If you have a terminal illness, what types of drugs should be available to you? Should you have the right to try medicine that has proven to be safe, but has not yet met federal standards of effectiveness?
That is the question that is behind the debate over “right to try laws.” These laws would allow patients with a terminal illness to have access to experimental medication, as long as their use is supervised by a doctor.
Thirty-three states have passed “right to try” laws. The Alaska House of Representatives passed legislation this year, as did both houses in the Iowa legislature. Other states, such as Pennsylvania, Wisconsin, and Rhode Island, are considering similar bills.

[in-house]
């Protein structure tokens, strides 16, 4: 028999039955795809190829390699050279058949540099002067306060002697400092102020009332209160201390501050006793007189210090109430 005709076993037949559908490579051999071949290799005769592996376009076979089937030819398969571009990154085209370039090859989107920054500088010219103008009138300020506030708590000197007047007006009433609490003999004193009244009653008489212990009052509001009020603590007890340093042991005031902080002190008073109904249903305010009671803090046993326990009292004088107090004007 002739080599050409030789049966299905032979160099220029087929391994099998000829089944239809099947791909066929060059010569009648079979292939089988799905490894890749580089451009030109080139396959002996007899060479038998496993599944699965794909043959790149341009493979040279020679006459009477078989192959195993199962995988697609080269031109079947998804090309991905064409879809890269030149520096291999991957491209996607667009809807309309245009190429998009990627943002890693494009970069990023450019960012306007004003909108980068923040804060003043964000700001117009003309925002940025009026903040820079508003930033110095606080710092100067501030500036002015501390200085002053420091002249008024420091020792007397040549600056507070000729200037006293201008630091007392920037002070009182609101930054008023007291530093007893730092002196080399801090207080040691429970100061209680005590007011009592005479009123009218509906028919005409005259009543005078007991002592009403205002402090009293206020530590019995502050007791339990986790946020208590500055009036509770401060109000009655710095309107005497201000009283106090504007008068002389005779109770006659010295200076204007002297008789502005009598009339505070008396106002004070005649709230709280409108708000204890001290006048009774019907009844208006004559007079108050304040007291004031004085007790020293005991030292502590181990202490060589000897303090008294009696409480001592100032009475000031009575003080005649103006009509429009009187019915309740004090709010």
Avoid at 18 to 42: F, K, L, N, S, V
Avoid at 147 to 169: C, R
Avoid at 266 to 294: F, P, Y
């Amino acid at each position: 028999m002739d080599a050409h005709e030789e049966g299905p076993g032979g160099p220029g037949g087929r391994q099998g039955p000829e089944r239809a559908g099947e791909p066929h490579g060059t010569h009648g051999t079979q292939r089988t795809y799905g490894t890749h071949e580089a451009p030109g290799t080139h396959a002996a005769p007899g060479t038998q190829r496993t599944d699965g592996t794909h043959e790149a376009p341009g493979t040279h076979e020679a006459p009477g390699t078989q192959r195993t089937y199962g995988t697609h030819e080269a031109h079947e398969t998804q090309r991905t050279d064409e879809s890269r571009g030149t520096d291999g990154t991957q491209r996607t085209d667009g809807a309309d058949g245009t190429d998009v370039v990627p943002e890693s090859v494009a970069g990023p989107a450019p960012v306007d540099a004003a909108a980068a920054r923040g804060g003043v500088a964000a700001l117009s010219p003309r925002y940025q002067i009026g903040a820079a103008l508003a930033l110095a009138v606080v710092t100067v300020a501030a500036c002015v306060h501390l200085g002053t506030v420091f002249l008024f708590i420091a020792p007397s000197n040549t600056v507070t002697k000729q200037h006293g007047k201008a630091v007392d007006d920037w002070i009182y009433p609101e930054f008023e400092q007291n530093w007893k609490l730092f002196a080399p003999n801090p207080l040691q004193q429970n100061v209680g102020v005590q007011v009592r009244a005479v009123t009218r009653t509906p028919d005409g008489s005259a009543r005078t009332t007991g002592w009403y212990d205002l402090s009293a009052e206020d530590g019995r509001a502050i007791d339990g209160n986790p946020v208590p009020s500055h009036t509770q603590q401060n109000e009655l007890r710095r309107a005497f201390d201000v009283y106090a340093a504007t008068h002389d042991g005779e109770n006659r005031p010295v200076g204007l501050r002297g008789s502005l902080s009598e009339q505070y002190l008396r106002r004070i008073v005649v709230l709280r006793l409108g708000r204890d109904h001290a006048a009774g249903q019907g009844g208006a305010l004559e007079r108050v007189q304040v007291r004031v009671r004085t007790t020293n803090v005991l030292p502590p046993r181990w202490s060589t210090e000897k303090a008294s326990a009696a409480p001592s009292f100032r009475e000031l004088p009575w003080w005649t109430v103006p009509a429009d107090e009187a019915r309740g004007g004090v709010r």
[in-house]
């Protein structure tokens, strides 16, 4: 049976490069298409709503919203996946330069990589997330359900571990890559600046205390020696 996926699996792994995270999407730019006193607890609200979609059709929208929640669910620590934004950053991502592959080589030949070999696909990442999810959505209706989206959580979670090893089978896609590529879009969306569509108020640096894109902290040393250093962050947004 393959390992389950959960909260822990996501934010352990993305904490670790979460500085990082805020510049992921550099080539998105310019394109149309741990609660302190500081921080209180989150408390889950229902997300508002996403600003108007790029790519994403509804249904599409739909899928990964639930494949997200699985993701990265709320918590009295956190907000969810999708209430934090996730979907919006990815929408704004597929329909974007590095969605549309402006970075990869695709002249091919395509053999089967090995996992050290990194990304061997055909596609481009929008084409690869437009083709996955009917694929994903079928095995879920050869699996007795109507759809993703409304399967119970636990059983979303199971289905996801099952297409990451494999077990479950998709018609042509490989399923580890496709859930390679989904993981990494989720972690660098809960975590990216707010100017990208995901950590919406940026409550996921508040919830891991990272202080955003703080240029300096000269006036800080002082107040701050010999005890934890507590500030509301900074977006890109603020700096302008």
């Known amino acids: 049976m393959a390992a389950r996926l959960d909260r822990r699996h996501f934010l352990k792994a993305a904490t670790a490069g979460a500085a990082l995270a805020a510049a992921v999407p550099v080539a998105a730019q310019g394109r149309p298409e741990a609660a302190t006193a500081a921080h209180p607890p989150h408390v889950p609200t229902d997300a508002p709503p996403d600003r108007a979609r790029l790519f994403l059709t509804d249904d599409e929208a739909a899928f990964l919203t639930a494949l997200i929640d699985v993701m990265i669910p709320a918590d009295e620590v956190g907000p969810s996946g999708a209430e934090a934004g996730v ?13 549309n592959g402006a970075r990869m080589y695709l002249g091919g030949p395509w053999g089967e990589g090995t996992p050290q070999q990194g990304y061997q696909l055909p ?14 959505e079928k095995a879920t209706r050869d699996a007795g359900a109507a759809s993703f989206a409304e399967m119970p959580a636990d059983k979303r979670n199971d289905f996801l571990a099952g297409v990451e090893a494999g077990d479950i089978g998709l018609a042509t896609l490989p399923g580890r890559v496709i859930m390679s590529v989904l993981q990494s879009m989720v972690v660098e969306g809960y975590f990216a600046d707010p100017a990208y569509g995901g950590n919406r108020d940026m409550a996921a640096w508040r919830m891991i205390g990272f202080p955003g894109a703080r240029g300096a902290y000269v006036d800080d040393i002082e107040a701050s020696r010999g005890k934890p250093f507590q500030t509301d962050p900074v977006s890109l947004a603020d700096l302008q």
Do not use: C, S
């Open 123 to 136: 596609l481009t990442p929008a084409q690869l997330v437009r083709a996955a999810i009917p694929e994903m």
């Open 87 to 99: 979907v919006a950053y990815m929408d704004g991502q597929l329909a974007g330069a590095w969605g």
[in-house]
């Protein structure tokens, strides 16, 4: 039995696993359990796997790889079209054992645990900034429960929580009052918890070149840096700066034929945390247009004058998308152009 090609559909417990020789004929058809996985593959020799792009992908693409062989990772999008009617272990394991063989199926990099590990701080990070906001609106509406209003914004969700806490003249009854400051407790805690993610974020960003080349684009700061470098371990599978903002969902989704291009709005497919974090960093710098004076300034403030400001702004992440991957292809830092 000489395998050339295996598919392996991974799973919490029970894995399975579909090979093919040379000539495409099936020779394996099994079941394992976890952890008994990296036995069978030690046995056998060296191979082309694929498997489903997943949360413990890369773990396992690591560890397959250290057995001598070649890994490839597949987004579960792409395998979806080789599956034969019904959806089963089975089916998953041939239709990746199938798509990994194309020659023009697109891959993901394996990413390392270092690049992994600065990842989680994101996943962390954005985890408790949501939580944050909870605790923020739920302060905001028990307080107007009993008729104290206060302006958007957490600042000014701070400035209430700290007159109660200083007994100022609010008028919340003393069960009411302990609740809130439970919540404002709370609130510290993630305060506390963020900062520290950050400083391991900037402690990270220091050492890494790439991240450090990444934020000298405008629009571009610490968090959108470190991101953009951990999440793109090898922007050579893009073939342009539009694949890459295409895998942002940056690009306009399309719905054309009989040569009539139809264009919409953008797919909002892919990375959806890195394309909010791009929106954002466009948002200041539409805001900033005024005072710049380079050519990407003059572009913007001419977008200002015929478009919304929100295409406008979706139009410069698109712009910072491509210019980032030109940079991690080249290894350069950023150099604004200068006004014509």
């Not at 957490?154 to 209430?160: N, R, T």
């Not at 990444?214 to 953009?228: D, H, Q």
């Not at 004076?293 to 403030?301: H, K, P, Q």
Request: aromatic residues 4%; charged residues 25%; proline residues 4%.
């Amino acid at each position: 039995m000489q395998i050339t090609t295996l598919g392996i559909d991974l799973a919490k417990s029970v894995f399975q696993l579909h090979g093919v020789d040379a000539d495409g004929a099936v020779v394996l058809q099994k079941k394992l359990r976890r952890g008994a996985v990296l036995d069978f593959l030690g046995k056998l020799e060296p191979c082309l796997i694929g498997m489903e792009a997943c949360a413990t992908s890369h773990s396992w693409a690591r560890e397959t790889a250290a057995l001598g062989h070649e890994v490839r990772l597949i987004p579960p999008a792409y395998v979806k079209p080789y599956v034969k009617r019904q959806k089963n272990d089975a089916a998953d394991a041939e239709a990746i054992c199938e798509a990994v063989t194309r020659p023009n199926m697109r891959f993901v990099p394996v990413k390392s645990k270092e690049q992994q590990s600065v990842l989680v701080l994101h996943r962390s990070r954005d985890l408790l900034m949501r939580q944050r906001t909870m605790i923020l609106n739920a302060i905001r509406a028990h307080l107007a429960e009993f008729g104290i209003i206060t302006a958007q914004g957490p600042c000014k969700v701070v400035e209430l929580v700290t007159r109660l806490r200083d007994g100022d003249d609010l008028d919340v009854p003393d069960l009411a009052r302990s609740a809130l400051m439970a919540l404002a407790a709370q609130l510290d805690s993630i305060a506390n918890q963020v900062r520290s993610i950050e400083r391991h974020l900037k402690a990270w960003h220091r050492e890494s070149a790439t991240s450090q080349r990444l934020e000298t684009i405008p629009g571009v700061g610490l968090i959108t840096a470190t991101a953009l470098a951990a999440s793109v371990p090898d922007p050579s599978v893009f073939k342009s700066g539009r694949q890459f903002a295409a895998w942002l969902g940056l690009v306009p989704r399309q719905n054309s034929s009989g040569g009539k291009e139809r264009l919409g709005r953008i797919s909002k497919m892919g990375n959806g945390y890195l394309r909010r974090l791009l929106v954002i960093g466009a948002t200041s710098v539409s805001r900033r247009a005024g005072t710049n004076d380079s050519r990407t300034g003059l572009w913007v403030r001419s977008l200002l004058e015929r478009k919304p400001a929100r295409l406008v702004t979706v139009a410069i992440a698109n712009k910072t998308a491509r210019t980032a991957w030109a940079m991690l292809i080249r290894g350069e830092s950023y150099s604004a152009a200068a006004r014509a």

Supporters of this legislation say that patients who are facing death should have the right to try any medication that could possibly cure their disease or prolong their life. Critics contend that these laws give patients false hope and could possibly interfere with drug trials.
Congress is also considering federal legislation that would have more impact than state bills. As a federal agency, the Food and Drug Administration is not subject to state authority. That means that state laws do not have a direct impact on whether or not patients can obtain this medication.
President Trump has expressed support for this effort. When he was governor of Indiana, Vice President Mike Pence signed a “right to try” bill into law.
Regardless of the controversy in the medical community or the practical impact, “right to try” laws garner strong bipartisan support in the states where they are considered. With health care a hot topic in Washington, D.C., we could see action on a national bill this year.
Do you support “right to try” legislation?